Slim Aarons, born George Allen Aarons (October 29, 1916, Manhattan - May 29, 2006, Montrose, New York), was an American photographer noted for photographing socialites, jet-setters and celebrities.
After the war, Aarons moved to California and began photographing celebrities. In California, he shot his most praised photo, Kings of Hollywood, a 1957 New’s Year’s Eve photograph depicting Clark Gable, Van Heflin, Gary Cooper, and James Stewart relaxing at a bar in full formal wear. Aaron’s work appeared in Life, Town & Country, and Holiday magazines.
Baron George Hoyningen-Huene (September 4, 1900 – September 12, 1968) was a seminal fashion photographer of the 1920s and 1930s. He was born in Russia to Baltic German and American parents and spent his working life in France, England and the United States.
Born in Saint Petersburg, Hoyningen-Huene was the only son of Baron Barthold Theodor Hermann (Theodorevitch) von Hoyningen-Huene.
During the Russian Revolution, the Hoyningen-Huenes fled to first London, and later Paris. By 1925 George had already worked his way up to chief of photography of the French Vogue. In 1931 he met Horst, the future photographer, who became his lover and frequent model and traveled to England with him that winter. While there, they visited photographer Cecil Beaton, who was working for the British edition of Vogue. In 1931, Horst began his association with Vogue, publishing his first photograph in the French edition of Vogue in November of that year.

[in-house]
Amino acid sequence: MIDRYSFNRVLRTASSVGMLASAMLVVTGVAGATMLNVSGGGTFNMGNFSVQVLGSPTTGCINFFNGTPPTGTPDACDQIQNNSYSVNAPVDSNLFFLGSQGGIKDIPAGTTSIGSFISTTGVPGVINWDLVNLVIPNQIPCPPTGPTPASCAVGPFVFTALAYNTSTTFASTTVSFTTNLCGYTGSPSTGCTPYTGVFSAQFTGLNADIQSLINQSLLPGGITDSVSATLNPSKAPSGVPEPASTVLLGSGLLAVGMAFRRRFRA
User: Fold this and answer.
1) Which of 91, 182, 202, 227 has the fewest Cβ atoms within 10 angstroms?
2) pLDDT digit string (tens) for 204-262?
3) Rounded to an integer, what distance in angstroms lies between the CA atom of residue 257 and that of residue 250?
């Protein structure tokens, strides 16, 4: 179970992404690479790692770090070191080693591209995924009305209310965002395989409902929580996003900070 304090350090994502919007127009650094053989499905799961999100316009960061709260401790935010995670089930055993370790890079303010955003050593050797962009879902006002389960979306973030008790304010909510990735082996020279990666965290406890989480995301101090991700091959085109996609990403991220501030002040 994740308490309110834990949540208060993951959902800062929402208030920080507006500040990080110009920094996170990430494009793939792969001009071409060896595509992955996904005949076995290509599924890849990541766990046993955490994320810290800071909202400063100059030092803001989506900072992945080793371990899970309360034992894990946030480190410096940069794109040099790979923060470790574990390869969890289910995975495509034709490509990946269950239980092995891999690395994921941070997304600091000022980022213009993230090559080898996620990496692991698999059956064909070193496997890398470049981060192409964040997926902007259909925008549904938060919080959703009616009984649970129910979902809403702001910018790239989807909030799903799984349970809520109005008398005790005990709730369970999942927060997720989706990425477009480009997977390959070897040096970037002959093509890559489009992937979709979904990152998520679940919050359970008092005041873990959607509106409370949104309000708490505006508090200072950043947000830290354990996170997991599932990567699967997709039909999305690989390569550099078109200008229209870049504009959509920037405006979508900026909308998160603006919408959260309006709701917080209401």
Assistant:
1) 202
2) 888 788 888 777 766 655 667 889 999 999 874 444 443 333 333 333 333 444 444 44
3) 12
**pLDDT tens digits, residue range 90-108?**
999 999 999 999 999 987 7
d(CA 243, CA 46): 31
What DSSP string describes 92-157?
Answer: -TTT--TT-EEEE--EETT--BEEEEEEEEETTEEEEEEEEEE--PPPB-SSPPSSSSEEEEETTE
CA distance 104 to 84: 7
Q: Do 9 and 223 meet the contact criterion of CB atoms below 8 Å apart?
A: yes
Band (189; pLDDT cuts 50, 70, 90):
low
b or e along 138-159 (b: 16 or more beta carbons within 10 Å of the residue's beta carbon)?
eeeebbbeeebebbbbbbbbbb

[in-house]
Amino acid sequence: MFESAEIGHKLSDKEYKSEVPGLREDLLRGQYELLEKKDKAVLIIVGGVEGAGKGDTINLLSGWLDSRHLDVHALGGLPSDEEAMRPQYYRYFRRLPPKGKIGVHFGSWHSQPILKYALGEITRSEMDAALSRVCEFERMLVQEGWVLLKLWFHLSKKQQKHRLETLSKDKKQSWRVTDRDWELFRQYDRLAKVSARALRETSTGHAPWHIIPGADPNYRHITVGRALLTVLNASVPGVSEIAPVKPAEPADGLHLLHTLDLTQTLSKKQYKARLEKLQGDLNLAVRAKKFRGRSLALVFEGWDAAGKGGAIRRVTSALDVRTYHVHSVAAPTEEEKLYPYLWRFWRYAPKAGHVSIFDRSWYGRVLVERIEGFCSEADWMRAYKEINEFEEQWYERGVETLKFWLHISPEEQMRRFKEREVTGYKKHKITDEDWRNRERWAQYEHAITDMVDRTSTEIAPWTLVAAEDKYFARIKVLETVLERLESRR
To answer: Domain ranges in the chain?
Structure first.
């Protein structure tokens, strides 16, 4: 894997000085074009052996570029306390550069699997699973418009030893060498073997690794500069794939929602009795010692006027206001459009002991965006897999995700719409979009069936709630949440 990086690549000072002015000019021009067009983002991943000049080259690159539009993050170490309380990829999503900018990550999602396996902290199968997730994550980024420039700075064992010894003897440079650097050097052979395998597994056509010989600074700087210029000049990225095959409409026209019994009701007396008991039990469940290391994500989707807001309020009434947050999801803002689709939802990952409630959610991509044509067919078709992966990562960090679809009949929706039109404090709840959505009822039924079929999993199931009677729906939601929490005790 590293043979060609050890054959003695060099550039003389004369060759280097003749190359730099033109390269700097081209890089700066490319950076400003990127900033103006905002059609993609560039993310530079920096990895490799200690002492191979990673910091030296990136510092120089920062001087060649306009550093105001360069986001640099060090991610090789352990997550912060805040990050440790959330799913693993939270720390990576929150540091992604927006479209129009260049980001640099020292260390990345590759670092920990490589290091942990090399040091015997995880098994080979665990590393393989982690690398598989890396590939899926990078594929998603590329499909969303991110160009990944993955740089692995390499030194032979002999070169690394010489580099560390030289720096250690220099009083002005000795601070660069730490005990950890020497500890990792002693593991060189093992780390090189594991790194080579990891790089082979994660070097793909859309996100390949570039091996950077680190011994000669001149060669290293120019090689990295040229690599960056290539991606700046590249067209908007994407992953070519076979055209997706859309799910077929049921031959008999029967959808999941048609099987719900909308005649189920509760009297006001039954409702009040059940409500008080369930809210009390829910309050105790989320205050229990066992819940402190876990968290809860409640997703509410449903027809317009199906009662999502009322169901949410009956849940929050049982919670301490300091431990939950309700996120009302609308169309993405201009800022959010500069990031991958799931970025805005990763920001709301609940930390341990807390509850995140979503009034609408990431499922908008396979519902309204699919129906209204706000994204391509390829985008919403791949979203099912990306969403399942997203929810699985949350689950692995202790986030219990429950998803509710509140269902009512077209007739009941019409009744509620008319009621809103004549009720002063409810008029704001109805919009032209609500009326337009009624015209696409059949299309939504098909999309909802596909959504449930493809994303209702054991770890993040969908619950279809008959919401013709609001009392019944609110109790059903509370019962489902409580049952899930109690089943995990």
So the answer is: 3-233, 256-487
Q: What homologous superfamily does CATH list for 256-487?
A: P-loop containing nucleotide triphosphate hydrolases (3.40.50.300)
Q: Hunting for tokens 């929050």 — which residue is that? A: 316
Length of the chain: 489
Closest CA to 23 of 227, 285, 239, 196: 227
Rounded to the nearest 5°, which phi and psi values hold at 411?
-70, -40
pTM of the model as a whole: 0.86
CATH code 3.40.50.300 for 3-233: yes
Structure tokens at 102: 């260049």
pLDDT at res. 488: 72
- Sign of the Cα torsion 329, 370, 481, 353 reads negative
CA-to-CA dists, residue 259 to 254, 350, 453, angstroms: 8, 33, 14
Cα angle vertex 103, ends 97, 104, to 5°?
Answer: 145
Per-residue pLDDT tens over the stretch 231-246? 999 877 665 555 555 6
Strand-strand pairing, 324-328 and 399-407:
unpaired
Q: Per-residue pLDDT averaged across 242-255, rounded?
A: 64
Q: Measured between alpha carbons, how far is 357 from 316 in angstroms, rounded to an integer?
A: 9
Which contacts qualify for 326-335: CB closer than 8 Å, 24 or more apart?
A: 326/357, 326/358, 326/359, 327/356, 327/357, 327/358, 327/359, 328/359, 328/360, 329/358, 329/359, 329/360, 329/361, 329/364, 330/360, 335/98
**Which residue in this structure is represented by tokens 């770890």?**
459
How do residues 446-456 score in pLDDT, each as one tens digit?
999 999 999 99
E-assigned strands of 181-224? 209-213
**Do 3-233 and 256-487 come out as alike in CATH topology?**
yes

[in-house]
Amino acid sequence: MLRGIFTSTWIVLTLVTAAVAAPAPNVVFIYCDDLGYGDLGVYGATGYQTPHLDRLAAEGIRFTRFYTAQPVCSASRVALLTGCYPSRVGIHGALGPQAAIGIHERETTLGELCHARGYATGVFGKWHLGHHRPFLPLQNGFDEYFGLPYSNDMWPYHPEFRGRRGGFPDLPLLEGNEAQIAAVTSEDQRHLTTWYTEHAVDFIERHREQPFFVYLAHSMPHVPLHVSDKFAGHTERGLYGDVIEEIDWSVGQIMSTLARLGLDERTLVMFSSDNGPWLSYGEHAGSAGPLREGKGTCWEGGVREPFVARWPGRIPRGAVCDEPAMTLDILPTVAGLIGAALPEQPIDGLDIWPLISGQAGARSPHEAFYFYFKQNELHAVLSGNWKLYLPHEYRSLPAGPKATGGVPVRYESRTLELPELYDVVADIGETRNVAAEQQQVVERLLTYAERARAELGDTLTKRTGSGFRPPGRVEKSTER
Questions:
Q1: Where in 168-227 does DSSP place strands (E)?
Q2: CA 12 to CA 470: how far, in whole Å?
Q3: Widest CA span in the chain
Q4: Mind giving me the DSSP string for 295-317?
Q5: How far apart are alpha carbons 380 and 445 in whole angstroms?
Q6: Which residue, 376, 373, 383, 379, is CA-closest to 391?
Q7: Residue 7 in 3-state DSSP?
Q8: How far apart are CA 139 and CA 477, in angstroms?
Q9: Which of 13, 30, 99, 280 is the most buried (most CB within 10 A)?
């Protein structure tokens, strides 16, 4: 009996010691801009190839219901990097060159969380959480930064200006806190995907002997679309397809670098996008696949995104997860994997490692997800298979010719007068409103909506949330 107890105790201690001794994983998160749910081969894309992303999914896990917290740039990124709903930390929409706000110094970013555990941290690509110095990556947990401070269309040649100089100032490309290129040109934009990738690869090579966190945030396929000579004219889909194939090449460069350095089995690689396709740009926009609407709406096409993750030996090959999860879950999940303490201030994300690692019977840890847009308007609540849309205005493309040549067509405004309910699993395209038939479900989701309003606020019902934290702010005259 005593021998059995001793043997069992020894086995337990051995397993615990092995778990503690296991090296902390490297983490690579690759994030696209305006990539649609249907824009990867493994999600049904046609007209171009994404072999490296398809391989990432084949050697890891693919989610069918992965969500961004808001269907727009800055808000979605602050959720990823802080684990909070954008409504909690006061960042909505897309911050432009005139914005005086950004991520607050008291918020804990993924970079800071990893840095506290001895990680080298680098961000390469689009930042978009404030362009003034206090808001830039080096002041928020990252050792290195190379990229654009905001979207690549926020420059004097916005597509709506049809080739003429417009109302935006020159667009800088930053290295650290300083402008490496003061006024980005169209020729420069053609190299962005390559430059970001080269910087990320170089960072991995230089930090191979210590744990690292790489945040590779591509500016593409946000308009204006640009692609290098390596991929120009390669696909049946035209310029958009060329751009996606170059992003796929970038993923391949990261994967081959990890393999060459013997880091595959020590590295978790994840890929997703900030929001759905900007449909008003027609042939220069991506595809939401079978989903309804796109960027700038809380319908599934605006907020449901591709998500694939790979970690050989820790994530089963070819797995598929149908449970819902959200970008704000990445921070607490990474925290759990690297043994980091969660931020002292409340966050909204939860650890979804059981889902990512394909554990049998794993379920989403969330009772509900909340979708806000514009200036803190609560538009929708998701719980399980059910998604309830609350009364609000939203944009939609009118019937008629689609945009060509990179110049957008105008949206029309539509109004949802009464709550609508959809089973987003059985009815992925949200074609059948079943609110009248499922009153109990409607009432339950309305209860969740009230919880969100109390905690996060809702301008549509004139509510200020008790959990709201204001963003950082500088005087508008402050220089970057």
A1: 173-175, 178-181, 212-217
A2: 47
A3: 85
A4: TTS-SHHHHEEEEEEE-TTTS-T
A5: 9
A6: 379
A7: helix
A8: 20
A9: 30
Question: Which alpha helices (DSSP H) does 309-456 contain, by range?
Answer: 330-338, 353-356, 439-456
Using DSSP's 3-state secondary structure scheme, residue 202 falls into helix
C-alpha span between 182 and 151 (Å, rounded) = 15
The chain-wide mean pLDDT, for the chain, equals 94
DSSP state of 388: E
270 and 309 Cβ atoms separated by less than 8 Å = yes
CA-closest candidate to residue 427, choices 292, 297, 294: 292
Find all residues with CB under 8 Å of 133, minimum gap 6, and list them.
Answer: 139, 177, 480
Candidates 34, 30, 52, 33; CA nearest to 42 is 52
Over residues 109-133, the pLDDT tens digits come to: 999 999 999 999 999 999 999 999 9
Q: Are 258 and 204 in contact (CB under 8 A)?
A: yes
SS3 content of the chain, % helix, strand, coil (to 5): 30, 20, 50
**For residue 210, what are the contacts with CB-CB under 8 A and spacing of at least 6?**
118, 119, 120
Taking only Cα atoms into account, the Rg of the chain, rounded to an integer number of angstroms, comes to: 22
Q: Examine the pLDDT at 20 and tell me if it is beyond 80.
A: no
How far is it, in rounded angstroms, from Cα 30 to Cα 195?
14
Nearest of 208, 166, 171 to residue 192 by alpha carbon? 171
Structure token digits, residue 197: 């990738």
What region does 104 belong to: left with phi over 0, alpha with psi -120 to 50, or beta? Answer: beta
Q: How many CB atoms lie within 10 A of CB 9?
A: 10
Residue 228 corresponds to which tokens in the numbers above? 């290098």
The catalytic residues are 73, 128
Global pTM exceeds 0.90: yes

Robert Mapplethorpe (November 4, 1946, New York City – March 9, 1989, Boston, Massachusetts) was anAmerican photographer, known for his sometimes controversial large-scale, highly stylized black and white photography. His work featured an array of subjects, including celebrity portraits, male and female nudes, and still-life images of flowers. His most controversial work is that of the underground bondage and sadomasochisticBDSM scene in the late 1960s and early 1970s of New York. The homoeroticism of this work fuelled a national debate over the public funding of controversial artworks.
Artist Marcel Duchamp walking down a flight of stairs in a multiple exposure image reminiscent of his famous painting “Nude Descending a Staircase.”